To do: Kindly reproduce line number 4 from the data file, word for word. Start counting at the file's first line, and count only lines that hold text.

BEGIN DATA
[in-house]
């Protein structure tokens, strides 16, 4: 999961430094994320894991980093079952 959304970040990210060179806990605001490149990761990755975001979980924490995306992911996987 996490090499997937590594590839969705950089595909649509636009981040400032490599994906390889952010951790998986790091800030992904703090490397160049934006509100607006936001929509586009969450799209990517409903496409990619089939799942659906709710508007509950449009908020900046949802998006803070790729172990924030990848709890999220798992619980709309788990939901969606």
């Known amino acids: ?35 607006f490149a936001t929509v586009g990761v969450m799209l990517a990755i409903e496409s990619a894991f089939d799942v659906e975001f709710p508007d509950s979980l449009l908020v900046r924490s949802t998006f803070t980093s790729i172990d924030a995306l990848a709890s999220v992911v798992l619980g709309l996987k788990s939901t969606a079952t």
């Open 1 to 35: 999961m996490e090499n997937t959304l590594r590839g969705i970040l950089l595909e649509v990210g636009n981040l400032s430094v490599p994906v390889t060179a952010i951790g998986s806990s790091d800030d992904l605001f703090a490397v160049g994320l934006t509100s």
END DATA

């Open 1 to 35: 999961m996490e090499n997937t959304l590594r590839g969705i970040l950089l595909e649509v990210g636009n981040l400032s430094v490599p994906v390889t060179a952010i951790g998986s806990s790091d800030d992904l605001f703090a490397v160049g994320l934006t509100s």